The Samsung Galaxy Note Pro 12.2 features a wide range of proprietary TouchWiz applications.
S Note lets you create and customize notebooks. There is a total of 9 preset notebook styles to choose from. After you're done creating a notebook you can go ahead and fill it with notes, drawings (with rich brush options), images, video, voice memos, charts or illustrations, maps, etc.
There's yet another note-taking tool called Action Memo. Handwriting recognition kicks in to digitally transform your handwritten notes - for example, scribbling down someone's phone number later lets you tap on the number and save it directly to the phonebook, without having to retype it. This also works for email accounts, street addresses, tasks and general searches.
Scrapbook lets you keep any content you browse through on the Note Pro 12.2's screen. You can scrapbook something by circling it with the S Pen with the button pressed. Each item can then be put into a category and filtered by location (i.e. where you were when you added something).
Samsung also preloaded the Galaxy Note Pro 12.2 with a video editor to complement the photo editor. You can use the Story album to automatically group photos and videos based on the time and location they were taken.
One of the cool apps is Group Play. It shares various multimedia across multiple devices in the same room, but unlike DLNA it's interactive. You can share music (to play through the speakers of all connected devices), images and documents.
Multi Vision on the Samsung Galaxy Note Pro 12.2 allows you to stack up several devices and get a bigger resulting screen area for your content. The downside of Group Play is that it's a Samsung-only feature, which limits its applicability.
The Android calendar has been replaced with S Planner (as usual). It features six different views: daily, weekly, monthly, yearly, list and tasks. For the month view, events on the selected day are listed in a panel on the right.
Adding a new event is quite straightforward and you can also set an alarm to serve as a reminder. Multiple online calendars are supported and they can be color-coded for easier recognition.
The calculator app has been redesigned to make better use of the large screen. To the left it features a history of recent calculations and the advanced buttons (e.g. trigonometry) are always visible.
The Alarm app is quite advanced too. Each alarm has its own repeat pattern, tone, snooze and repeat settings. It also features Smart alarm (ring quietly, slowly turning the volume up for a more gentle wakeup) and a Location alarm, which only triggers if you're in a predefined location (i.e. disable the get up for work alarm if you wake up somewhere other than home).
The World Clock app is full of eye-candy. You get an animated globe where you can pick time zones or cities, there are country flags, day and night animations, etc.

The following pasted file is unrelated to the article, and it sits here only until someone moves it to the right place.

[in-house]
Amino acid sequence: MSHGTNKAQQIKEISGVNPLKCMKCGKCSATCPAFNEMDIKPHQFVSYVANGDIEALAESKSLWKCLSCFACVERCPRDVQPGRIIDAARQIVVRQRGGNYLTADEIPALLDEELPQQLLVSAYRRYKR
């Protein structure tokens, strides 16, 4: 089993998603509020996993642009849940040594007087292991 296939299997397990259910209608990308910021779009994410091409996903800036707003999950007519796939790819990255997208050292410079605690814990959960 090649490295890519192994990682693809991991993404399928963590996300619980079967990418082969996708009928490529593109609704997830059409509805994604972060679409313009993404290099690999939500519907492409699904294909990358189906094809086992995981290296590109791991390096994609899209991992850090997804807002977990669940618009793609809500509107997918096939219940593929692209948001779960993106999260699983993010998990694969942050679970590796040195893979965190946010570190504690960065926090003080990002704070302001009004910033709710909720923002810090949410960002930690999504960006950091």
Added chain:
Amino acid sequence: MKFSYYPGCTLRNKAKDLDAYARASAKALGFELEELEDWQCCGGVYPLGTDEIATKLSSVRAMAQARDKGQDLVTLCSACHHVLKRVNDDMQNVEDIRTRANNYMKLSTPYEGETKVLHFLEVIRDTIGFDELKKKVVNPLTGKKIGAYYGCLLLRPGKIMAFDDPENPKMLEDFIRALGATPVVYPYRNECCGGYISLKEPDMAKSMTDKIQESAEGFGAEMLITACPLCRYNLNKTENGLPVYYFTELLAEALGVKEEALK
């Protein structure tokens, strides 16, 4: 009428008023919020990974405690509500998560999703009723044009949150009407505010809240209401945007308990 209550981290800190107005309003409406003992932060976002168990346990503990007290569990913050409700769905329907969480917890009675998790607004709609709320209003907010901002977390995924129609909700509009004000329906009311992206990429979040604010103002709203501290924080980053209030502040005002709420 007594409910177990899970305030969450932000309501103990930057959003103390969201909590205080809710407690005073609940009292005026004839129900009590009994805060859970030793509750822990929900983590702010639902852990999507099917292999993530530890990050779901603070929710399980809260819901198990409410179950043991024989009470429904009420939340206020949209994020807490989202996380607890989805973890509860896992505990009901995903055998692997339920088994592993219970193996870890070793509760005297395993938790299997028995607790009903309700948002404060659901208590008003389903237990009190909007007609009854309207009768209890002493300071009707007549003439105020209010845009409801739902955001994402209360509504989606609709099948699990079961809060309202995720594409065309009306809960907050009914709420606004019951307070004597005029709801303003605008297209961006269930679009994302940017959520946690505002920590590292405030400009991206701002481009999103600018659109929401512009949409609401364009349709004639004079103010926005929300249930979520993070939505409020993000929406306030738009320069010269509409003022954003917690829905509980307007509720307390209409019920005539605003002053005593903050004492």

Both the Wi-Fi only and LTE versions of the Samsung Galaxy Note Pro 12.2 come with a GPS receiver. A-GPS can speed this up quite a bit, but requires Internet access. Cell-ID and Wi-Fi positioning is another quick (but less accurate) option.
The Galaxy Note Pro 12.2 comes with Google Maps and Navigation. Voice-guided navigation has become a viable solution already. Not that there are easy ways to make a 12.2" tablet fit your car's interior. It's still great for reviewing routes you can later navigate with your phone. The public transport option can be very useful too.
The app also supports the Street View mode, allowing you to see the landmarks you're looking for before you set off. That makes them much easier to find when you arrive.
The Google Play Store features several scrollable tabs - categories, featured, top paid, top free, top grossing, top new paid, top new free and trending. Apps usually have several screenshots (some even offer a demo video) so you can get an idea of what the app looks like before installing it.
You can also check out comments and ratings, as well as the number of downloads and so on, to help you decide whether the app is worth it. Google has added a small "designed for phones" warning for apps that don't have tablet interfaces. Those can look bad on the large screen, so it's nice to be forewarned.
The Google Play Store is full of all sorts of apps. From music / video players, to file managers and various tools, you'll always see something worth trying. The problem is those specifically optimized for tablets are only a fraction of all available apps. Some of the rest scale pretty well to the large screen, but some simply end up pixelated and downright poorly looking.
Samsung has naturally made its own Apps store available. It features largely the same type of interface as Google Play, except here you'll find far fewer apps. The good news is Samsung uses this repository to distribute some exclusive titles and some promotional offers, available only to its customers.